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Mar 10, 2019

Another point to consider about European business culture is that it's certainly not monolithic. I've bought and sold businesses in half a dozen EU countries and my experience in Norway was quite different from my experience in Italy, which in turn was quite different from my experience in France or Switzerland. As a result, I don't think you can generalize about working cultures in Europe any more than you could generalize about working cultures in various US cities.

A lot of Americans seem to think Europeans work fewer hours. That may be true for some firms and may not be true for others. Working in France, I spent a lot more time in the office than I would have ideally liked. I was regularly working from 8am-8pm in Paris even as a director. And I was in corporate development/ventures at the time, so I think those hours are comparable to what you'd expect in NY at that level. We used Lazard and Rothschild for our bankers, and the analysts and associates in Paris and London would regularly work past midnight. Our outside counsel matched their hours.

I guess the point here is simply that if you work in finance, you're going to work long hours. If you're good at what you do, you'll eventually make good money. The path to making 'good' money is perhaps a bit more protracted in most European countries, but you'll eventually get there. That said, I think you generally get paid more at virtually every level of seniority in the US.

Still--everyone should have a crazy European sex odyssey once in their life, so there's always that.

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Mar 11, 2019

How do you approach looking for another gig given your wideranging experience? mostly curious, as youve been one of my favorite posters on the board in the last year.

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Mar 10, 2019

It's a question I'm currently asking myself. When you have a unique career path, you sort of have to continue paving your own way. I'm much more entrepreneurial than most people. That's clear from my CV given the various jobs I have had. That's valuable to certain firms and not to others. A lot of late-stage companies pay lip service to the entrepreneurial culture their firm purported espouses, but the preponderance of people who work at large firms are more risk-averse than risk-loving, so I'm not sure that's a great cultural fit for someone like me.

Moreover, as I'm sure I've said before, my broad knowledge across a lot of fields (while rare and perhaps interesting) is in many ways less valuable for companies looking for rather deep expertise in a single area. As a result, I'm probably more suited to a jack-of-all-trades type of role like a 'chief of staff' position to the CEO of a major company or family office. I think the family office space has a lot of potential, but CoS positions within that arena tend to include non-investment related activities like estate management or hiring household staff. I don't have a 'servant' mentality, so that's probably not ideal for me either, but an investment principal role in a family office would be interesting given the range of potential investments across various asset classes.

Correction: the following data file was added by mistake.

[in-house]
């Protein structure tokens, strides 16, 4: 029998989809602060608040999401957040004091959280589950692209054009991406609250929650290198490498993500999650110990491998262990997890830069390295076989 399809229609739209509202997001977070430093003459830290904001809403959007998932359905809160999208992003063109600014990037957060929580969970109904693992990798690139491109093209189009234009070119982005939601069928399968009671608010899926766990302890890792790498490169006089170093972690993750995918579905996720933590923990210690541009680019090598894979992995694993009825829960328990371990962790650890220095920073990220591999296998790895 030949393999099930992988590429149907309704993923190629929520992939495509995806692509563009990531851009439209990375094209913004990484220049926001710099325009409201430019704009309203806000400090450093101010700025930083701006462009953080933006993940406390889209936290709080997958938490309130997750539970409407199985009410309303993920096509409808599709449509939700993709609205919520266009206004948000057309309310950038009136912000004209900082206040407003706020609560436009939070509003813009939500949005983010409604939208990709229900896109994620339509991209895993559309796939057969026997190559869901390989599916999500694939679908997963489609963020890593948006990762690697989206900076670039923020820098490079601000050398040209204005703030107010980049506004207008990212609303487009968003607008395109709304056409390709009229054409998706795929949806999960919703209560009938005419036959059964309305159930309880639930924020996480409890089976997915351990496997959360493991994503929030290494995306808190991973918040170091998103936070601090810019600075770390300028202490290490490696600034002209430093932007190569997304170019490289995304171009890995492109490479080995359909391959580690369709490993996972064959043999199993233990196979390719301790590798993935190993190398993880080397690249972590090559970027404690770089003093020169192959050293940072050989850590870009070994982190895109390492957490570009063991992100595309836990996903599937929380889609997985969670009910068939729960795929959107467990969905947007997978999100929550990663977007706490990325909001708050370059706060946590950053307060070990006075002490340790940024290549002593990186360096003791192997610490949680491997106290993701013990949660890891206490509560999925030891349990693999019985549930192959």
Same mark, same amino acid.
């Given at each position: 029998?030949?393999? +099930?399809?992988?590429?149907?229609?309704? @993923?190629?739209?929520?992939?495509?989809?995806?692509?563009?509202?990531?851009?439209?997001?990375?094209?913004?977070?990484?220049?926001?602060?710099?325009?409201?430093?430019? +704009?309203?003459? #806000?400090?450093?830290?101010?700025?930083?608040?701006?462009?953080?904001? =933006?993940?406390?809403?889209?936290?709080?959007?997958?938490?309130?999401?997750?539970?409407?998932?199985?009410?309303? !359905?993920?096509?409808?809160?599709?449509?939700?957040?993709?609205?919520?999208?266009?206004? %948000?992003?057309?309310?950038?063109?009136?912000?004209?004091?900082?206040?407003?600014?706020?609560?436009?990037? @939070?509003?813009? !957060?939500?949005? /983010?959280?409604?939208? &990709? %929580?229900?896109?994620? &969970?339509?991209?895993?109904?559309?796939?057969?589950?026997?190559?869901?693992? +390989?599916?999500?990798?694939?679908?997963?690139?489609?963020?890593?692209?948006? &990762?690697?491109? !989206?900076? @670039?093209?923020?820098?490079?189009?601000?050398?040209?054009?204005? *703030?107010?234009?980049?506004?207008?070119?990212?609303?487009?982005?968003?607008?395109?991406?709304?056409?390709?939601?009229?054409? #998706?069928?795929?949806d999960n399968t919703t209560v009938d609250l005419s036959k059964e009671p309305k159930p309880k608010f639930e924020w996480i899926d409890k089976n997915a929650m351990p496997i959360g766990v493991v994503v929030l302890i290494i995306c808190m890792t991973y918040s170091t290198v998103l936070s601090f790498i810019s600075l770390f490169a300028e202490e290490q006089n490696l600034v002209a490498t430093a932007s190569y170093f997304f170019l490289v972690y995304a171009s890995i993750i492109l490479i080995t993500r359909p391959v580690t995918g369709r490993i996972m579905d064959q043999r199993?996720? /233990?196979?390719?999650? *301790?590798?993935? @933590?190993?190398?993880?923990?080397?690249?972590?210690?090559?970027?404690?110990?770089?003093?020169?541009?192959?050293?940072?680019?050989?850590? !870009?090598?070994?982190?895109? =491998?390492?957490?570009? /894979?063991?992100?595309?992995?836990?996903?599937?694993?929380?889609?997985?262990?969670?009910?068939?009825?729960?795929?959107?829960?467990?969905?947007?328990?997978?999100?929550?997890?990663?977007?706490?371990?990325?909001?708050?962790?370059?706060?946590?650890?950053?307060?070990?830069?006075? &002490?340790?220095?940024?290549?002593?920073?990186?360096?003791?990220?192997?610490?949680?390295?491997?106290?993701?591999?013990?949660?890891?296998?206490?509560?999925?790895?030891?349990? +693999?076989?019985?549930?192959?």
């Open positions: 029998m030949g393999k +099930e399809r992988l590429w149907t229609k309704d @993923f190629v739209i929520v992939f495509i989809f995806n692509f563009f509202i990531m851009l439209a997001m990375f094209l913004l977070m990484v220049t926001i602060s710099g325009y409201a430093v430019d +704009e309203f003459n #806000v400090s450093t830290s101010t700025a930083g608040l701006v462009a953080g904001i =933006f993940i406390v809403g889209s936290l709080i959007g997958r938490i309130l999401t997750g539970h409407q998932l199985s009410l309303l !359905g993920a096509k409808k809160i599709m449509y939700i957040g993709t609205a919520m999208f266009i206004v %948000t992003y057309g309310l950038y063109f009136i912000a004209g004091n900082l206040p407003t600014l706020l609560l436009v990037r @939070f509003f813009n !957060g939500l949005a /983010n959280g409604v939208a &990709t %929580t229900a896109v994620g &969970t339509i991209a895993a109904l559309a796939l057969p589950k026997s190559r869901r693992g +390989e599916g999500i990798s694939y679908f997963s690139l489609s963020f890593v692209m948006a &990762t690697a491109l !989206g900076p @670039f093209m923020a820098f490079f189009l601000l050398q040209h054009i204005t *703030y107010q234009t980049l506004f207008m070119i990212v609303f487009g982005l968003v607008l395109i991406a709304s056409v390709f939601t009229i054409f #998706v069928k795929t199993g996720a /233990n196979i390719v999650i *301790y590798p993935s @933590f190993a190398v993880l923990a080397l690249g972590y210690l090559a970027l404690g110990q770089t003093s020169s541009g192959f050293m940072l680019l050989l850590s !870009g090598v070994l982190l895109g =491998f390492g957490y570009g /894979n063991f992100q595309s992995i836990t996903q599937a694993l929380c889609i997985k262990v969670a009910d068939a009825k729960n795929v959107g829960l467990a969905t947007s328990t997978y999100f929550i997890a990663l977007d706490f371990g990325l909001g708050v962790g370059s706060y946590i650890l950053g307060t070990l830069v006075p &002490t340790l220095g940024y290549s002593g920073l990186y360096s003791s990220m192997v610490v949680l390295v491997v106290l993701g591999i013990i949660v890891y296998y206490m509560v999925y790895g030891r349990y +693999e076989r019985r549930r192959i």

In the same vein, I am considering endowment and foundation investment positions, though not at the very largest funds. The sweet spot in the endowment and foundation space seems to be above $1 billion, but below $4B or perhaps $5B. Below $1B, you probably don't have enough capital to have a direct investment or co-investment program, and your asset allocation is almost necessarily more conservative to protect your capital given that you can't weather too many exogenous shocks to your portfolio. Above, say, $5B the fund will have too many people involved in it, and you'll start to get asset class specialists. I don't want to just look at investing solely in PE funds or solely in HFs or solely in RE funds. I have a fair amount of knowledge across several asset classes, and I'd like to use it. That's why I'm more interested in family offices than endowments or foundations.

That said, I'm keeping an open mind since I'm not entirely clear on the nature of the role I want to do next. Part of the reason I have had a unique career path is because I'm open to allowing serendipity guide me a bit. Therefore, I am having a wider range of conversations than I would probably advise most people to entertain.

The thing is--your value proposition differs slightly from firm to firm. In searching for a new role, you may feel the need to guess what that company desires and attempt to present yourself in the way you suspect they want. That's a mistake. In reality, you're only likely to be both useful and satisfied at a firm where you naturally exude the qualities they seek. The same is true in reverse. That's banal, but true.

I think that past a certain point in your career, you sort of have to figure it out on your own. There is only so much advice anyone can give you. Most people can only intelligently speak to what worked for them, not what's likely to work for you. I'd love for someone to give me useful career advice, but in my experience, even people in rather rarefied positions aren't especially good at guiding others to repeat their success. I think the principal reason for this is simple--their careers all involve a measure of serendipity. You can't plan for that. You just have to position yourself so you have as many shots as possible for serendipity to smile on you. Right now, I guess I'm looking for a little bit of that.